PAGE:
For our CPU-bound application, I set the value of mapred.tasktracker.tasks.maximum (number of map tasks per tasktracker) equal to the number of CPUs on a tasktracker. Unfortunately, I think this value has to be set per cluster, not per machine. This is okay for us because our machines have similar hardware, but it might be a problem if your machines have different numbers of CPUs.

    I created HADOOP-1245 a long time ago for this problem, but I've since heard that hadoop uses only the cluster value for maps per tasktracker, not the hybrid model I describe. In any case, I never did any work on fixing it because I don't need heterogeneous clusters.

    -Michael

    On 9/25/07 9:37 AM, "Ted Dunning" wrote:
    On 9/25/07 9:27 AM, "Bob Futrelle" wrote:


    How does Hadoop handle multi-core CPUs? Does each core run a distinct copy
    of the mapped app? Is this automatic, or need some configuration, or what?
    Works fine. You need to tell it how many maps to run per machine. I expect
    that this can be tuned per machine.
    Or should I just spread Hadoop over some friendly machines already in my
    College, buying nothing?
    Or both? You will get interesting results all three ways.
  • Ross Boucher at Sep 25, 2007 at 5:19 pm

    On Sep 25, 2007, at 10:09 AM, Michael Bieniosek wrote:

    For our CPU-bound application, I set the value of
    mapred.tasktracker.tasks.maximum (number of map tasks per
    tasktracker) equal to the number of CPUs on a tasktracker.
    Unfortunately, I think this value has to be set per cluster, not
    per machine. This is okay for us because our machines have similar
    hardware, but it might be a problem if your machines have different
    numbers of CPUs.
    I did some experimentation with the number of tasks per machine on a
    set of quad core boxes. I couldn't figure out how to change this
    value without stopping the cluster and restarting it, and I also
    couldn't figure out how to tune it on a per machine basis (though it
    didn't matter much for me either).

    My test had no reduce phase, so I simply set the reduce count to 1
    per machine for all the tests. On the quad core boxes, 5 map tasks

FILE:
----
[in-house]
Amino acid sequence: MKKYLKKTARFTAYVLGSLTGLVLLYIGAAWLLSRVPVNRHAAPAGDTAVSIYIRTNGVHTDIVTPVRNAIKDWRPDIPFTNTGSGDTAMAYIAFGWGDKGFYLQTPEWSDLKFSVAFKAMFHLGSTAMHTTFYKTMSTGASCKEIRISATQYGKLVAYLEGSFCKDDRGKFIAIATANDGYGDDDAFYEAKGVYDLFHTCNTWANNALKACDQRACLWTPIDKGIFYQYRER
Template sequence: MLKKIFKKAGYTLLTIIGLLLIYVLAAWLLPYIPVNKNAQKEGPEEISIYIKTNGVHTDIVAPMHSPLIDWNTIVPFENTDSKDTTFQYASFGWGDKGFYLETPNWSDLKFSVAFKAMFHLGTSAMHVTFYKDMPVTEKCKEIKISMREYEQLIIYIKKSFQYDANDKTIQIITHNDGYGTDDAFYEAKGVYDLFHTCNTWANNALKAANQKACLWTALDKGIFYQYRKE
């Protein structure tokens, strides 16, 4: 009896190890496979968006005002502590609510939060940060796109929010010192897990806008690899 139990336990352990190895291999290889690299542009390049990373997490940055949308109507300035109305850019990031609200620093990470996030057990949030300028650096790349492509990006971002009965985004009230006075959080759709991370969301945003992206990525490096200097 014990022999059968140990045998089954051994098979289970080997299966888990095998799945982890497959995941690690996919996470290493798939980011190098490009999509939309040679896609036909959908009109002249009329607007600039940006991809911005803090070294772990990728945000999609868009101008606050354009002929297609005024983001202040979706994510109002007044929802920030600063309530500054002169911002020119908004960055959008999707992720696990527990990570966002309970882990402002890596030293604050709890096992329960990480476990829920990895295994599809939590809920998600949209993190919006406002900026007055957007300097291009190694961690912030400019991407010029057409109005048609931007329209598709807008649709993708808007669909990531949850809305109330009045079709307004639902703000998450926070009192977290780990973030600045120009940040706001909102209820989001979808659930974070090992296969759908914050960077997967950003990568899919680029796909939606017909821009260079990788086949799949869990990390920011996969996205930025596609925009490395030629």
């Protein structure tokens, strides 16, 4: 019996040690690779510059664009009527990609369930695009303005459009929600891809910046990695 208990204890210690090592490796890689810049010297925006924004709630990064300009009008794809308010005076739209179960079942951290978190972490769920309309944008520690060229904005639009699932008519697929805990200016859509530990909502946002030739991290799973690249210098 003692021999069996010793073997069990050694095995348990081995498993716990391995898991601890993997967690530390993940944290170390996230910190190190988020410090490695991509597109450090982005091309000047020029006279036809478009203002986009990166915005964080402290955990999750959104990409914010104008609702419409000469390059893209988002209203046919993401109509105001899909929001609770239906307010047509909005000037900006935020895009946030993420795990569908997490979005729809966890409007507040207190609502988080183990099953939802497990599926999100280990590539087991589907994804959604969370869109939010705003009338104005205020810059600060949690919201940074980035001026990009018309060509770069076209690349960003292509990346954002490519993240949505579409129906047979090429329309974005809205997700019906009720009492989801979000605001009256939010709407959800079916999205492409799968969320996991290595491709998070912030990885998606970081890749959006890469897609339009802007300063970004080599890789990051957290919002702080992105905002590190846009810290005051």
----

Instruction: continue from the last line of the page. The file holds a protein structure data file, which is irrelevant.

per machine actually performed the best, but only marginally better
    than 4 map tasks (about 4% with just one box in the cluster, 2% with
    4 boxes). Six tasks started to trend back in the other direction.
    I created HADOOP-1245 a long time ago for this problem, but I've
    since heard that hadoop uses only the cluster value for maps per
    tasktracker, not the hybrid model I describe. In any case, I never
    did any work on fixing it because I don't need heterogeneous clusters.

    -Michael

    On 9/25/07 9:37 AM, "Ted Dunning" wrote:
    On 9/25/07 9:27 AM, "Bob Futrelle" wrote:


    How does Hadoop handle multi-core CPUs? Does each core run a
    distinct copy
    of the mapped app? Is this automatic, or need some configuration,
    or what?
    Works fine. You need to tell it how many maps to run per machine.
    I expect
    that this can be tuned per machine.
    Or should I just spread Hadoop over some friendly machines already
    in my
    College, buying nothing?
    Or both? You will get interesting results all three ways.

  • Ted Dunning at Sep 25, 2007 at 7:35 pm
    A day or so ago somebody mentioned that you could set reduce count to 0 to
    directly store the output of the map.

    That would be a very handy trick, but I haven't done it myself.

    On 9/25/07 10:18 AM, "Ross Boucher" wrote:

    My test had no reduce phase, so I simply set the reduce count to 1
    per machine for all the tests.
  • Allen Wittenauer at Sep 25, 2007 at 5:03 pm
    On 9/25/07 9:27 AM, "Bob Futrelle" wrote:>
    I'm in the market to buy a few machines to set up a small cluster and am
    wondering what I should consider.
    If it helps, we're using quad core x86s with anywhere from 4g to 16g of
    ram. We've got 4x500g sata drives per box, no raid, swap and root taking a
    chunk out of each drive and the rest used for HDFS and/or MR work.

    While you can certainly go a much more heterogeneous route than we have,
    it should be noted that the more differences in the hardware/software
    layout, the more difficult is going to be to maintain them. This is
    especially true for large grids where hand-tuning individual machines just
    isn't worth the return on effort.
    Or should I just spread Hadoop over some friendly machines already in my
    College, buying nothing?
    Given the current lack of a security model in Hadoop and the direction
    that a smattering of Jira's are heading, "friendly" could go either way:
    either not friendly enough or too friendly. :)
  • Ross Boucher at Sep 25, 2007 at 5:11 pm

    On Sep 25, 2007, at 10:02 AM, Allen Wittenauer wrote: